K-State vets care for horses with West Nile, prepare for next season
By Michelle Hall
In a matter of weeks in late summer 2002, the equine internal medicine veterinarians at Kansas State University's Veterinary Medical Teaching Hospital became authorities on caring for horses with the West Nile virus.
They had to -- more than 50 horses were hospitalized at K-State with the virus over a period of three months.
"We saw our first case in early August," said Dr. Bonnie Rush, professor of equine internal medicine. "Before, we'd never even seen a case. Now we're experts."
They prepared for the onset of the virus in Kansas, Rush said, as the mosquito-borne illness, introduced into the United States on the East Coast in 1999, spread west. Rush spoke to the Kansas Legislature to inform them of the impending arrival of the virus, provided information to the media to inform the public and invited an equine internal medicine specialist from the University of Florida to lecture to the faculty, staff, students and horse owners regarding her experience with the disease.
But it still wasn't easy figuring out how to treat the virus when it did arrive. West Nile causes encephalitis, or swelling of the brain. When horses are affected by the virus, they become weak and disoriented. There is no cure for West Nile, although there is an effective vaccine.
"Although it's not hard to diagnose, it is a disease that is unpredictable in its course," Rush said. Treatment included supportive care and medications to fight the virus and, most importantly, to reduce the inflammation in the brain.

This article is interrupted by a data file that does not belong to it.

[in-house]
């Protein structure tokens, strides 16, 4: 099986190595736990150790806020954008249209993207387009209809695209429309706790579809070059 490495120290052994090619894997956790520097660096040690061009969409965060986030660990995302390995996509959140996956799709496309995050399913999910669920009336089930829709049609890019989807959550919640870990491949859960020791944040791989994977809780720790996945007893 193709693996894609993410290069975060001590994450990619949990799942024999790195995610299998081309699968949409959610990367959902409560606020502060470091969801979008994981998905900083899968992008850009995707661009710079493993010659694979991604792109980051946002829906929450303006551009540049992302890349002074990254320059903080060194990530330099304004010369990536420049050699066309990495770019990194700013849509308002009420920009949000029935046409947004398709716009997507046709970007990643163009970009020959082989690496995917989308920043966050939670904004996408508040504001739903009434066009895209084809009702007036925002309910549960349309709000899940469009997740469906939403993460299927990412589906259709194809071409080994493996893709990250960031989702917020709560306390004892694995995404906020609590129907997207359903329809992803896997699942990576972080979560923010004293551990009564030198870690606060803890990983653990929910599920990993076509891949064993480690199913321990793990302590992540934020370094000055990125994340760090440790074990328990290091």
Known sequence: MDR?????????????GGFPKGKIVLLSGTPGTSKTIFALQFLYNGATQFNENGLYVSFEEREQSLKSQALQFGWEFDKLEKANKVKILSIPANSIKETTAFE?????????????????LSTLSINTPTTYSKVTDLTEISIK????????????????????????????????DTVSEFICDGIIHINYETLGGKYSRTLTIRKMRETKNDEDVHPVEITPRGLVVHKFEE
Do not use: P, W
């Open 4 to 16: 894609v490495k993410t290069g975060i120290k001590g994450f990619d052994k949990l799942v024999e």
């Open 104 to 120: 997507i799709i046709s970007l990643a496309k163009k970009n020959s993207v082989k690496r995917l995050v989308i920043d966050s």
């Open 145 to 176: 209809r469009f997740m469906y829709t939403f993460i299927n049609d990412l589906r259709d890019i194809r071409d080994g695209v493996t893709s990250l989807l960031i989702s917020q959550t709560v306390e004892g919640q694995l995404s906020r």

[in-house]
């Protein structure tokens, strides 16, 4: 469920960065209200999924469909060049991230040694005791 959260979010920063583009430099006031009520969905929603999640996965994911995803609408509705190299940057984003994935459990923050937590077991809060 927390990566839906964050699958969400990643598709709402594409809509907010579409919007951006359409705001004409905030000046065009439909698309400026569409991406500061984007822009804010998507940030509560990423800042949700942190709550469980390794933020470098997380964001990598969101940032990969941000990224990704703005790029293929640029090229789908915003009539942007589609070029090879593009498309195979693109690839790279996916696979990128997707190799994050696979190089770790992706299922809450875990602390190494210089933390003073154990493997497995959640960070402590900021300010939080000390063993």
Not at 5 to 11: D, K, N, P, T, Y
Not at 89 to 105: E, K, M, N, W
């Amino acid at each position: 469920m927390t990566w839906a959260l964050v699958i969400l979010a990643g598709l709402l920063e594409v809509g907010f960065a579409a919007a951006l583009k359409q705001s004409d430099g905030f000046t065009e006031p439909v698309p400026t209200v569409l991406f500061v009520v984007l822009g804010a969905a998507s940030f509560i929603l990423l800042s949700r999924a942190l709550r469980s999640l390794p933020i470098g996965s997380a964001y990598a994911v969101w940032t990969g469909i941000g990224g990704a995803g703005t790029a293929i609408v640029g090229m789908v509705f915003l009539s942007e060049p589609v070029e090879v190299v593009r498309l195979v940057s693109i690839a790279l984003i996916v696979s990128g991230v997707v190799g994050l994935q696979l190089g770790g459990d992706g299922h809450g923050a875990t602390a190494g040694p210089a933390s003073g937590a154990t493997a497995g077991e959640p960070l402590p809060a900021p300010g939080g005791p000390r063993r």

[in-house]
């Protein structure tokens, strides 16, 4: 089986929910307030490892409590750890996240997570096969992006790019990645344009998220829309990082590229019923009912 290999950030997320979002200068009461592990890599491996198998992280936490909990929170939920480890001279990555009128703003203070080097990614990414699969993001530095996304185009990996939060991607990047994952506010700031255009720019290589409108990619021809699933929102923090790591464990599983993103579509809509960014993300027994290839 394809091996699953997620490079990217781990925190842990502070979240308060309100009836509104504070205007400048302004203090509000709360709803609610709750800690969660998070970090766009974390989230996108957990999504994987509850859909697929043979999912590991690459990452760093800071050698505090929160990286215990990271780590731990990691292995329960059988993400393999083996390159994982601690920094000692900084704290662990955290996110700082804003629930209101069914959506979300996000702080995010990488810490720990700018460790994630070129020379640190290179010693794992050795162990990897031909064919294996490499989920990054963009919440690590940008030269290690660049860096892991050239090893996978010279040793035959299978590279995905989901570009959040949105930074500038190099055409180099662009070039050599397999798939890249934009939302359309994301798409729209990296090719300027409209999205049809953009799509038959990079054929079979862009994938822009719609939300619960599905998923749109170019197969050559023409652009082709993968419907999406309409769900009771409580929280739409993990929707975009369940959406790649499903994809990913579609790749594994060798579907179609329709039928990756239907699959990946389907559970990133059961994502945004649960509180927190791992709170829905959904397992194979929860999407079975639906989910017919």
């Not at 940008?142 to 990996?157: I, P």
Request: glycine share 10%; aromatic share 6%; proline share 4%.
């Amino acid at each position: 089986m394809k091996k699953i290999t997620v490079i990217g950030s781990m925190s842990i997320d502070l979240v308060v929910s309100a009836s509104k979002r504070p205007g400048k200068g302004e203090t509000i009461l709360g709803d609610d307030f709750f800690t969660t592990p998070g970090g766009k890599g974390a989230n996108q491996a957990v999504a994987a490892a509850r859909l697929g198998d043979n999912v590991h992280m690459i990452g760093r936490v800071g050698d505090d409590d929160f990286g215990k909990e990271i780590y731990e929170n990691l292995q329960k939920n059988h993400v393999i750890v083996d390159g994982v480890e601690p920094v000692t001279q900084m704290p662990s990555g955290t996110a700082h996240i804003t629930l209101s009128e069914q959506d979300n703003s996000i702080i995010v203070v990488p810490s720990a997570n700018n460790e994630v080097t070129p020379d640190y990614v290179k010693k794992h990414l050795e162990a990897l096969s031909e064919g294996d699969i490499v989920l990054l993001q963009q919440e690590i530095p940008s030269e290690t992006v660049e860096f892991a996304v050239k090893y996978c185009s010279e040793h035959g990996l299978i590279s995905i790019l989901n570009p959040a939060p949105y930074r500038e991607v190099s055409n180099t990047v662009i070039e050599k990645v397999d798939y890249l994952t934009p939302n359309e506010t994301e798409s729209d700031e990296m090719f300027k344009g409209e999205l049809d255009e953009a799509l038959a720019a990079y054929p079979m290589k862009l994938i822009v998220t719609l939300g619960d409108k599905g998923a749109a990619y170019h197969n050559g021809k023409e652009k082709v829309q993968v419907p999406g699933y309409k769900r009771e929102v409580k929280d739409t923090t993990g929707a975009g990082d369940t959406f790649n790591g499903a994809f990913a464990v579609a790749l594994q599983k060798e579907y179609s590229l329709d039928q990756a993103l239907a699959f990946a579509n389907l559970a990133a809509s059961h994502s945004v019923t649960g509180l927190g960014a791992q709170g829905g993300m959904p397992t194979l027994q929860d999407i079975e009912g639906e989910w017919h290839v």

"We learned quickly what works and doesn't," Rush said. "It was a big challenge but very important to keep the horses sedated. We also adjusted the dosage of Interferon (the anti-viral medication), until we found what worked best." In addition, they decided to replace the padding in the horses' stalls with thicker material -- horses with the West Nile virus often press their heads against the walls for support as their muscles twitch or they become weak and disoriented.
Although the horses are severely incapacitated for days as the virus runs its course, the good news is that most of the horses Rush saw are back to their pastures or pens now.
"The vast majority that survive do great," Rush said. "It's hard to imagine, when you see them at their worst, that they can get better. That's the encouraging thing about this disease -- affected horses have a good chance for a good recovery."
The horses Rush and her colleagues cared for had a nearly 85-percent survival rate, while the national average is only about 70 percent.
Dr. Roger Fingland, professor of surgery and director of the teaching hospital, said he is as proud of the doctors and students who cared for these horses as he has ever been of any group at the hospital.
"Few people, including the clients, will ever have an appreciation for the amount of work our doctors, students, residents and interns put in with these horses," Fingland said. "It's nothing short of amazing what these people did. The amount of care these horses require is phenomenal."
Fingland said some of the horses even had to be catheterized or have stomach tubes put in.
"These horses literally could not do anything and our clinicians and students did everything for them," he said. "Many, many horses are alive today that wouldn't be if not for the people in this hospital."
Rush anticipates the same number of patients this summer and fall as the mosquitoes return and the virus hits the state yet again. She said Florida, for example, saw about the same number of cases of the virus the second year as in the first year after the virus arrived in the state.
Rush highly recommends horse owners have their animals vaccinated in the spring and re-vaccinated in July. The peak of West Nile season is in September. And if owners suspect their horse is showing signs of the virus, Rush asks them to send a blood sample in to the diagnostic laboratory at K-State -- that's the only way, she said, to document the number of cases in Kansas.